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CAFC Orders Judge Newman to Remain Silent on Names of Witnesses in Fitness Investigation

The U.S. Court of Appeals for the Federal Circuit ordered Judge Pauline Newman to not publicly disclose the names of witnesses in the court's ongoing investigation on whether the judge is fit to continue serving on the bench. Releasing the order publicly along with all other court orders and letters in the probe, per Newman's request, the appellate court said that Newman and her counsel remain bound by the court's confidentiality order in the investigation regarding future orders and filings.

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The court issued an order on May 3 telling Newman she is subject to confidentiality obligations under the Judicial Conduct and Disability Act of 1980 and the Rules for Judicial-Conduct and Judicial-Disability Proceedings. In response, Newman wrote the three-judge panel of Kimberly Moore, Sharon Prost and Richard Taranto overseeing the case a letter objecting to the order on First Amendment grounds.

Addressing these arguments, the three-judge panel said that the "confidentiality requirements imposed by the Act, by the Rules, and by the Confidentiality Order (which is coterminous with the Rules) on disclosure during this stage have been widely held to be compatible with the First Amendment." Various courts have said that compelling interests served by establishing confidentiality are enough to outweigh First Amendment interests parties may have in speaking publicly about the proceedings, the judges said.

The court added that the need for confidentiality "is buttressed by experience in this very proceeding -- in which the Committee believes that adherence to confidentiality requirements has encouraged witnesses to come forward and to speak candidly." Witnesses the court has interviewed may not have come forward with relevant information "if they believed they would immediately be dragged into a public media storm," the court said.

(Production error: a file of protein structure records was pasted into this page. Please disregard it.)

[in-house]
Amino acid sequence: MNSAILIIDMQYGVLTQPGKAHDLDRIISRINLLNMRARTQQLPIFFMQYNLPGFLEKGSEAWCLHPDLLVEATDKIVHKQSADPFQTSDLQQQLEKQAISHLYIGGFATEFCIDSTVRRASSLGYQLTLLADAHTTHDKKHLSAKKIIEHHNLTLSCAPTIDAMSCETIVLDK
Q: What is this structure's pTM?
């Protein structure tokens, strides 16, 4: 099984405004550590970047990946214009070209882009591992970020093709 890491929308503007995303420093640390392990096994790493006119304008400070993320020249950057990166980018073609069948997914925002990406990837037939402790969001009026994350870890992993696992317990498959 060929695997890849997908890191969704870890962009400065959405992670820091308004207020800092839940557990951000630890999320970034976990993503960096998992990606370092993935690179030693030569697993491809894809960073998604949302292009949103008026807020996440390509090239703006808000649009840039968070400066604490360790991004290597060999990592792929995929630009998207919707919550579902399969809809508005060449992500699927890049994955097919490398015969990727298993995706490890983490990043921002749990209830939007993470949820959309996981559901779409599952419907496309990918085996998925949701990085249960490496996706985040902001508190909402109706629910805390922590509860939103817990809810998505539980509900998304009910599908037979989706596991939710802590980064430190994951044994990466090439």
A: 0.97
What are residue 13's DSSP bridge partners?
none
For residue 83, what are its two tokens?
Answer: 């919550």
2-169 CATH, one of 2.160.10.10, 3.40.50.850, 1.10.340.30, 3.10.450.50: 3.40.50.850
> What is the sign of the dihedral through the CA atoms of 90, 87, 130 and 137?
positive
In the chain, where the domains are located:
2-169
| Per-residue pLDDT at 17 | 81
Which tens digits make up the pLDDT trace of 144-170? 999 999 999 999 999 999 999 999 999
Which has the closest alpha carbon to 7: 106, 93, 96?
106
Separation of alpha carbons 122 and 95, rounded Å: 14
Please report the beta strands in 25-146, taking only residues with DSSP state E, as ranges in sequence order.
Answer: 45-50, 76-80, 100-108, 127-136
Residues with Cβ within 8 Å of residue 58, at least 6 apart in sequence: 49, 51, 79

The panel said that Newman's counsel's suggestion that Newman could not physically intimidate anyone "ignores the obvious power that Judge Newman, as a circuit judge, has over the lives and livelihoods of employees in a federal courthouse." The judges cited recent action from Newman in which she purportedly ordered an employee who left her chambers to return to her chambers or else she would end his employment at the court.

Moore initially brought the complaint against Newman in March, raising questions about the judge's ability to effectively do her job (see 2304140022). The court alleged probable cause that Newman carried out "conduct prejudicial to the effective and expeditious administration of the business of the courts" and is unable to perform her duties due to a "mental or physical disability."